Augmentative-Alternative Communication (AAC) Certificate

Approximately 4 million Americans are not able to use natural speech to meet their communication needs. According to the American Speech Language Hearing Association (ASHA), augmentative-alternative communication (AAC) is defined as the area of clinical practice that attempts to compensate for the impairment or disability patterns of individuals with severe communication disorders.  When using AAC, individuals with complex communication needs (CCN) access high and low technology strategies to compensate for their spoken and written impairments.  While individuals with CCNs benefit from AAC, many do not receive adequate technical support, intervention, advocacy, and training around AAC.  That lack of AAC support is directly related to the latest employment statistics, which indicate a shortage of well-trained SLPs who focus in AAC.  In addition, 42% of Ohio school administrators want to hire SLPs with expertise in AAC.

            To address the increasing need for SLPs with AAC expertise, The University of Akron School of Speech-Language Pathology and Audiology developed the Augmentative-Alternative Communication (AAC) Certificate.  The University of Akron is one, if not the only, speech-language pathology master's programs in the nation to offer a formal certificate. Through this certificate program, graduates will receive a Master’s of Arts Degree (M.A.) in Speech-Language Pathology as well as a certificate of training in AAC. The AAC Certificate program is run concurrently with the existing 5 semester graduate program, and funding may be available through AAC focused internships and the AAC fellowship position.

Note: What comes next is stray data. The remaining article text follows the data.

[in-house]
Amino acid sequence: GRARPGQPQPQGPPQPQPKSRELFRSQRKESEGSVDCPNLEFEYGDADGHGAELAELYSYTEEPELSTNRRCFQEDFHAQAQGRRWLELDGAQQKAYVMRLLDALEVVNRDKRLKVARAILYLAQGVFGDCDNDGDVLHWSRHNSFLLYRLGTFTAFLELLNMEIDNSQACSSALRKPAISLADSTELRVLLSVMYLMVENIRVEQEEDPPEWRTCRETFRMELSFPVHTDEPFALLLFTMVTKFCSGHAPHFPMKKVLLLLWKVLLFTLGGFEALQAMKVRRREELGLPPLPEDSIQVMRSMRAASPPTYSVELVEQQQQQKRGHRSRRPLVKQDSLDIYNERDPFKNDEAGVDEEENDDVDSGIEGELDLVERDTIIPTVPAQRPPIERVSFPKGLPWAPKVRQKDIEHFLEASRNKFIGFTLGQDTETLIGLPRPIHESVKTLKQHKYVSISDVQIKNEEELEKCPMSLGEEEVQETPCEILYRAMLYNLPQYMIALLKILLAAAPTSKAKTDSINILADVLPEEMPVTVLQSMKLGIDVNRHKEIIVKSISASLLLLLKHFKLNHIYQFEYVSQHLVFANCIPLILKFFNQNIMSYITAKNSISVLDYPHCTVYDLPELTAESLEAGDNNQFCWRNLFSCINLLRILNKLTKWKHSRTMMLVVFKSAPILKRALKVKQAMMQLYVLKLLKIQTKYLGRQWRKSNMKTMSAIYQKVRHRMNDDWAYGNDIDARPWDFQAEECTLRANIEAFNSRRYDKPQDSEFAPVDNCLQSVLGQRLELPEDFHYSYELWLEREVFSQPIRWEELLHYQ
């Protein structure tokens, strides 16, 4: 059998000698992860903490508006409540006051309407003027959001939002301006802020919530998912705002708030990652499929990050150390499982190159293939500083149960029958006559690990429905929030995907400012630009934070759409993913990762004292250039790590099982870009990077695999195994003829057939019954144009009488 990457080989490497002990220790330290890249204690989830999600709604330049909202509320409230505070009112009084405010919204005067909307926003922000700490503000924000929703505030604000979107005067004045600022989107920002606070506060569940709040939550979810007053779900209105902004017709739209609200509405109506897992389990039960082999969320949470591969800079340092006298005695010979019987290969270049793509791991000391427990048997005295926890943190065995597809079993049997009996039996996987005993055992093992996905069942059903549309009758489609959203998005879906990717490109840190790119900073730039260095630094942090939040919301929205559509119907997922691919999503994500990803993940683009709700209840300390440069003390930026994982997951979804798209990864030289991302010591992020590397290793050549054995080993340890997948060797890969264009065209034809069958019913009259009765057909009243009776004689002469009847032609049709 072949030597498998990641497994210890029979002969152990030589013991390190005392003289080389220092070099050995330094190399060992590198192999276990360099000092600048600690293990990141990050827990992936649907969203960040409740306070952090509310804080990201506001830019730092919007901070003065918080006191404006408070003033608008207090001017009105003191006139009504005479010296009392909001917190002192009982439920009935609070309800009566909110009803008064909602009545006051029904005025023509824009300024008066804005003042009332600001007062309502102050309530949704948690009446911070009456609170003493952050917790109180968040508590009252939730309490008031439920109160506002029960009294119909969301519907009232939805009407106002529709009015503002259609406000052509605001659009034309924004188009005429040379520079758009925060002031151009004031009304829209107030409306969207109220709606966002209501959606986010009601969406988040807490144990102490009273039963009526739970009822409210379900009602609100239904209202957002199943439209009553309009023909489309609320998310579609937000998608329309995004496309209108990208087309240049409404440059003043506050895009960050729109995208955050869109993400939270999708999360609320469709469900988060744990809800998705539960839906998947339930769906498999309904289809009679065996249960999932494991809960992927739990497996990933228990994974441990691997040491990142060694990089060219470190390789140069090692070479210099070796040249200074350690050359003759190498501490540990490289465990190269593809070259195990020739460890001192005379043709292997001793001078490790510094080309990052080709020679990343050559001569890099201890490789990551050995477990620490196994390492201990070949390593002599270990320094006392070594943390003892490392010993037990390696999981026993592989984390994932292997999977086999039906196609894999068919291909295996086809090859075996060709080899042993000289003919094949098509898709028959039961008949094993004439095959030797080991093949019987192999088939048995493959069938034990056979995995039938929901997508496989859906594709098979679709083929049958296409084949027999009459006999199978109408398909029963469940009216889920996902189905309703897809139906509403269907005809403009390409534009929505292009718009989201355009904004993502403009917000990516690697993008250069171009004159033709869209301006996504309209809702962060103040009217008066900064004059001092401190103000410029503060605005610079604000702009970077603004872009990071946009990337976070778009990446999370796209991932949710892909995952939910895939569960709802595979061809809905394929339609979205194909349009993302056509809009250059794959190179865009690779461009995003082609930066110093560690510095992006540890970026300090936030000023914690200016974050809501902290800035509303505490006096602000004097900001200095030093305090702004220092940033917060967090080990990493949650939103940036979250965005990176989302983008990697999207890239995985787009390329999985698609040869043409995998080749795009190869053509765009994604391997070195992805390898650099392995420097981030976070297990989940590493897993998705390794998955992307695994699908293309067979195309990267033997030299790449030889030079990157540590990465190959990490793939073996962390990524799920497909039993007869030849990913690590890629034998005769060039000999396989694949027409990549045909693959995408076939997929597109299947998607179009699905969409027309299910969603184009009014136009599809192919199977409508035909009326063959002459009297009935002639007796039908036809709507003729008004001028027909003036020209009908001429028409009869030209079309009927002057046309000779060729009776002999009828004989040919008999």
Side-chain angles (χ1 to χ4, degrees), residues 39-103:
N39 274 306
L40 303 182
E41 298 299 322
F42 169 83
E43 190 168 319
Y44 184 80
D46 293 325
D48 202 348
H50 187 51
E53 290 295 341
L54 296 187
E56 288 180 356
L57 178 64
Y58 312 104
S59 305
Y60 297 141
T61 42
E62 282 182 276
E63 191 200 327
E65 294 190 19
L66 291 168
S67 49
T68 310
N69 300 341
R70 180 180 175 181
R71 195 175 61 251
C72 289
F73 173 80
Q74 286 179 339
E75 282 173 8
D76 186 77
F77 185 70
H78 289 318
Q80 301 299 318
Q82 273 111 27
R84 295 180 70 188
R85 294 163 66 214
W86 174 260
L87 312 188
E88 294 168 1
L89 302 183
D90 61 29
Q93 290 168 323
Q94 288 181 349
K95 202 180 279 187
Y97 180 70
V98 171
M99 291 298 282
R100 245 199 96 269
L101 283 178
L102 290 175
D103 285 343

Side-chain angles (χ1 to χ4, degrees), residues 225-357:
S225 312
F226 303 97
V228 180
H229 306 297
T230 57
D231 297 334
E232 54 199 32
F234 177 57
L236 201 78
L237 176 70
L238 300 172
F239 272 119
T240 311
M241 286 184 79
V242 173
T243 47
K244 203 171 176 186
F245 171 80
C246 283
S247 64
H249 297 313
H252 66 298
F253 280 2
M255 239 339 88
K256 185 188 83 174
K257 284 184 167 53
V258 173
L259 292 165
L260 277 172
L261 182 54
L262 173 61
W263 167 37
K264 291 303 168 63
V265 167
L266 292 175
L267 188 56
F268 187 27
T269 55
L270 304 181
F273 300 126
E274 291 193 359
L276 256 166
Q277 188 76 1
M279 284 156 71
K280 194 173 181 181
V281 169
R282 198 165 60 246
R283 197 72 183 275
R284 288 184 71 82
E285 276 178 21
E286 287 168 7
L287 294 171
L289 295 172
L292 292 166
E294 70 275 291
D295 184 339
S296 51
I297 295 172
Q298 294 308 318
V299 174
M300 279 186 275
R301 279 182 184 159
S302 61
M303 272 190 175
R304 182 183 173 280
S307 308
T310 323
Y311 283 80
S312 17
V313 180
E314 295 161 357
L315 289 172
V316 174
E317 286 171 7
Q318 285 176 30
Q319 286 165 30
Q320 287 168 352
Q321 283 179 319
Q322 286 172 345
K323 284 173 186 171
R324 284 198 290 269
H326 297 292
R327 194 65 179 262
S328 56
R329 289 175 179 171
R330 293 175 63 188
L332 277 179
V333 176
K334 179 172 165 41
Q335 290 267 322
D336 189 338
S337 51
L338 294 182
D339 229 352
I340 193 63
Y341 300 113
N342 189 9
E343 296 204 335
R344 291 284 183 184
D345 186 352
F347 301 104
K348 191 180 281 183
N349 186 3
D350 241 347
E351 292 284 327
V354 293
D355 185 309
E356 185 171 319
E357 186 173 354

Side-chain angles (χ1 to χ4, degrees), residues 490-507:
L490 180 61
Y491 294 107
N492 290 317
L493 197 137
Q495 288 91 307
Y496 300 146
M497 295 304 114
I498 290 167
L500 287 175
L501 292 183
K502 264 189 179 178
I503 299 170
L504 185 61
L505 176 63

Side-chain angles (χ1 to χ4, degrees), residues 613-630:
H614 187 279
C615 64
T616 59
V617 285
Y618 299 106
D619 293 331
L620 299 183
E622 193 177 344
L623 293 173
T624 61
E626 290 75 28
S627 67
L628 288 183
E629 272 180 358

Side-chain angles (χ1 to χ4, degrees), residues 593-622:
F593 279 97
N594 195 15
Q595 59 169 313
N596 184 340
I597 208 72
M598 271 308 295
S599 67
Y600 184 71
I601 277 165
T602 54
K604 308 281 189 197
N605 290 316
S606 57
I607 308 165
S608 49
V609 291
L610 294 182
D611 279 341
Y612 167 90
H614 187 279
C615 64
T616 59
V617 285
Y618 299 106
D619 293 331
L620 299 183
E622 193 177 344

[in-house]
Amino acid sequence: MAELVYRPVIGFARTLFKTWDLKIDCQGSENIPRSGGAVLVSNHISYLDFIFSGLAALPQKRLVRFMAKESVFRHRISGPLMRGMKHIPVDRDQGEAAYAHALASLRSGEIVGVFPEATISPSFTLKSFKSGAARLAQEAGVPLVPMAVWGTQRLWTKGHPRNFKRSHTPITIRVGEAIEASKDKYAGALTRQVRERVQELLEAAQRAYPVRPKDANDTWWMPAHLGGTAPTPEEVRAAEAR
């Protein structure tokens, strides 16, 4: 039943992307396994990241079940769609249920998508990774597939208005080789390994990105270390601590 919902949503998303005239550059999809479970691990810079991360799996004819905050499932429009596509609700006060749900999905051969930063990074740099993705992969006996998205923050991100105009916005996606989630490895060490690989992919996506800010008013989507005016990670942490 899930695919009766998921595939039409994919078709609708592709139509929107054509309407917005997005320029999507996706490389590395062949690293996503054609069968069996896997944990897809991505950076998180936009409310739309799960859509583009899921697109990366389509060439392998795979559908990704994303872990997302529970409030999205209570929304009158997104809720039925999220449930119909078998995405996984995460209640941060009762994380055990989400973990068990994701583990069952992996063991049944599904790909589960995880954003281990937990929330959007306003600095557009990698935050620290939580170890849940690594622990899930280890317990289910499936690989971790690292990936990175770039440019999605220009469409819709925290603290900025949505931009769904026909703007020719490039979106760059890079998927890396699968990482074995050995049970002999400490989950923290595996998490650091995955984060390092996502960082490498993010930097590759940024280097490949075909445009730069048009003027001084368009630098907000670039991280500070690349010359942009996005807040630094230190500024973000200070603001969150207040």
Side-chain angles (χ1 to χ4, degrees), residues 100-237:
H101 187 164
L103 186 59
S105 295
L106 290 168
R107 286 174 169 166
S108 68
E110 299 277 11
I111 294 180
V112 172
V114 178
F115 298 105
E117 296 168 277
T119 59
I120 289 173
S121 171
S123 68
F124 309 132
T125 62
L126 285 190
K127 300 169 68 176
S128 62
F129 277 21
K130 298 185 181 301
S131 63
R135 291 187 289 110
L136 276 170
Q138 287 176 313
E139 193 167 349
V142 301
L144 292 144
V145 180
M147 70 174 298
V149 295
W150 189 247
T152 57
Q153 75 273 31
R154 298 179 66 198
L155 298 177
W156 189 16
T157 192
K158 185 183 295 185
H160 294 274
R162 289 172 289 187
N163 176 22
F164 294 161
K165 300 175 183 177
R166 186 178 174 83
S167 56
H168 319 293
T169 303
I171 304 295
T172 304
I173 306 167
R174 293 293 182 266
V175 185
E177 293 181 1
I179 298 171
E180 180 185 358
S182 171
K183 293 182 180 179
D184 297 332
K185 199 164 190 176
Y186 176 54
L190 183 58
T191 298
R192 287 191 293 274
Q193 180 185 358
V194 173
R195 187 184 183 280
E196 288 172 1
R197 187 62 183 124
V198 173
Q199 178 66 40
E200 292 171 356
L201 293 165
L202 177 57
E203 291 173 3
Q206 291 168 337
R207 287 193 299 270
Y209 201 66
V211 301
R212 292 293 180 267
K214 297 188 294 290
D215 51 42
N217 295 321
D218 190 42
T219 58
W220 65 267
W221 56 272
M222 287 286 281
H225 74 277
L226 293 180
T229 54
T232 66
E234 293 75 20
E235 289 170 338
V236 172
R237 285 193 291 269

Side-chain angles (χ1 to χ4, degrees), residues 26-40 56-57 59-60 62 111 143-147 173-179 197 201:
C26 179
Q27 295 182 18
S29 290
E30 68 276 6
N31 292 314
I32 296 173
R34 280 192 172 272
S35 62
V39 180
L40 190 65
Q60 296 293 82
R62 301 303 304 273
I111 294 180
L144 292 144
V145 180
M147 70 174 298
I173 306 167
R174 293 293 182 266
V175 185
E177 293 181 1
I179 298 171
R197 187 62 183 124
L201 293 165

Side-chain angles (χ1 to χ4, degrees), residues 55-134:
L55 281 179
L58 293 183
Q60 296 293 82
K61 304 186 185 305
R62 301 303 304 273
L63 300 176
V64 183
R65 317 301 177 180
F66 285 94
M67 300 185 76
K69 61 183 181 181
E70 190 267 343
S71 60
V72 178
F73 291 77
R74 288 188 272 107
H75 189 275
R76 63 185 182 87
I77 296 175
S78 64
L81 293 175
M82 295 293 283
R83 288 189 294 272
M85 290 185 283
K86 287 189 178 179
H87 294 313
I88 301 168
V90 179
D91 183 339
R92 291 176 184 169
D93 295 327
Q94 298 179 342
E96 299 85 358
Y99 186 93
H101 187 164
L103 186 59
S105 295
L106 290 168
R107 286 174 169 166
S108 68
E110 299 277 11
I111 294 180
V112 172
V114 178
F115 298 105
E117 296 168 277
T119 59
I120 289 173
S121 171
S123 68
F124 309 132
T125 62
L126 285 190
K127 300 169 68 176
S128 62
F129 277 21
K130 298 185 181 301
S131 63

The Augmentative and Alternative Communication (AAC) Certificate offers advanced knowledge and specialized clinical training in AAC, including assessment and evaluation procedures, intervention planning and strategies, implementation of technology, parent and caregiver training, and professional development experiences. Certificates are awarded to eligible graduate students who complete a sequence of focused and advanced coursework, internship requirements, and clinical experiences, all within the area of AAC.

Required Course Sequence

  • 7700:540 Augmentation Communication (3 credits)
  • 7700:608 Advanced Skills in Augmentative-Alternative Communication (1 credit)
  • 7700:613 Advanced Topics in Augmentative-Alternative Communication (3 credits)
  • 7700:693 School-based Externship: Speech Language Pathology (6 credits)

Each year, a limited number of students are enrolled in the certificate program. Applications for admission to the program are accepted only once per year. Admission is competitive and decisions are made prior to graduate school admission. If you wish to learn more about the Augmentative-Alternative Communication (AAC) Certificate Program, contact the AAC Certificate Coordinator, Jenna Day at jday@uakron.edu.


Mindfulness ACT Social Cognition and Stuttering Lab

Scott Palasik, Ph.D. is the director of the Mindfulness ACT Social Cognition and Stuttering Lab (MASS Lab). This lab focuses on the use of mindfulness practices along with a psychotherapy approach called Acceptance and Commitment Therapy (ACT) with people who stutter (PWS). PWS, like anyone, can modify brain activity by being present with their self and thoughts, being willing to accept all thoughts without the NEED to change or cling to thoughts, seeing one’s self as a whole person and not just a PWS, and living by one’s chosen core values when choosing committed daily actions and speaking situations.  In addition to examining what PWS think along with the social construct of mental language which can influence decisions, behaviors, and speech, the MASS Lab looks at conscious and unconscious attitudes (social cognition) toward stuttering. In conjunction with the University of Eastern Kentucky, Scott is currently performing pedagogical research with respect to how graduate students perceive and learn fluency enhancing techniques. The MASS Lab also has performed some work looking at the environmental image of background sounds and eating. Scott is looking to start a Stuttering Concentration for graduate students, who will acquire counseling skills and stuttering treatment skills to better equip them as future professionals in speech language pathology.